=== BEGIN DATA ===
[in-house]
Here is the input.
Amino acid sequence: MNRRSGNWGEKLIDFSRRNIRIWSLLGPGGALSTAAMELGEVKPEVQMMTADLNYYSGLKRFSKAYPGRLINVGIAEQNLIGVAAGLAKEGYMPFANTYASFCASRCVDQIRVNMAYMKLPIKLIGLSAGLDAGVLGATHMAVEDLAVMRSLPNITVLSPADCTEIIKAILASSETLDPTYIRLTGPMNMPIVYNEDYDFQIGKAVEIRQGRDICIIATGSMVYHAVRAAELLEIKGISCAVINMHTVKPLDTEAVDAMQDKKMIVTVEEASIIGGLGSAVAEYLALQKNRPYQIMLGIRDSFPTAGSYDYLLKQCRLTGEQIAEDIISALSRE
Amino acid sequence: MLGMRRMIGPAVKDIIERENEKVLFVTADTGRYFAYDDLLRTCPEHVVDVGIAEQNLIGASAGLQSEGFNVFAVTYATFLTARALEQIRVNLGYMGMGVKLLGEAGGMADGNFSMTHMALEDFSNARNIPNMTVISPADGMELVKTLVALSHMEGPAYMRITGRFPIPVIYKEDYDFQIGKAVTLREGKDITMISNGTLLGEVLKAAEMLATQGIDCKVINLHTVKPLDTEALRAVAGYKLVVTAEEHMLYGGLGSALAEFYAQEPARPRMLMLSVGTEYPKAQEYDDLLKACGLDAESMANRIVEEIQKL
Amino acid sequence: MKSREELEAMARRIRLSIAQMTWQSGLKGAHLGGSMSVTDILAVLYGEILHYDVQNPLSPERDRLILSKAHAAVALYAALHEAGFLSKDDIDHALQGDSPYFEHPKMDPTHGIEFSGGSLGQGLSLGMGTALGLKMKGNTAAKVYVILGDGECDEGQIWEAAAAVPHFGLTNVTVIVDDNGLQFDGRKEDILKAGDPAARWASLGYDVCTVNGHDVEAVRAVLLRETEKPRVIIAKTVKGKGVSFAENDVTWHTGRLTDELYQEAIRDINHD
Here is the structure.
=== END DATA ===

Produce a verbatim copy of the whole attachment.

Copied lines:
[in-house]
Here is the input.
Amino acid sequence: MNRRSGNWGEKLIDFSRRNIRIWSLLGPGGALSTAAMELGEVKPEVQMMTADLNYYSGLKRFSKAYPGRLINVGIAEQNLIGVAAGLAKEGYMPFANTYASFCASRCVDQIRVNMAYMKLPIKLIGLSAGLDAGVLGATHMAVEDLAVMRSLPNITVLSPADCTEIIKAILASSETLDPTYIRLTGPMNMPIVYNEDYDFQIGKAVEIRQGRDICIIATGSMVYHAVRAAELLEIKGISCAVINMHTVKPLDTEAVDAMQDKKMIVTVEEASIIGGLGSAVAEYLALQKNRPYQIMLGIRDSFPTAGSYDYLLKQCRLTGEQIAEDIISALSRE
Amino acid sequence: MLGMRRMIGPAVKDIIERENEKVLFVTADTGRYFAYDDLLRTCPEHVVDVGIAEQNLIGASAGLQSEGFNVFAVTYATFLTARALEQIRVNLGYMGMGVKLLGEAGGMADGNFSMTHMALEDFSNARNIPNMTVISPADGMELVKTLVALSHMEGPAYMRITGRFPIPVIYKEDYDFQIGKAVTLREGKDITMISNGTLLGEVLKAAEMLATQGIDCKVINLHTVKPLDTEALRAVAGYKLVVTAEEHMLYGGLGSALAEFYAQEPARPRMLMLSVGTEYPKAQEYDDLLKACGLDAESMANRIVEEIQKL
Amino acid sequence: MKSREELEAMARRIRLSIAQMTWQSGLKGAHLGGSMSVTDILAVLYGEILHYDVQNPLSPERDRLILSKAHAAVALYAALHEAGFLSKDDIDHALQGDSPYFEHPKMDPTHGIEFSGGSLGQGLSLGMGTALGLKMKGNTAAKVYVILGDGECDEGQIWEAAAAVPHFGLTNVTVIVDDNGLQFDGRKEDILKAGDPAARWASLGYDVCTVNGHDVEAVRAVLLRETEKPRVIIAKTVKGKGVSFAENDVTWHTGRLTDELYQEAIRDINHD
Here is the structure.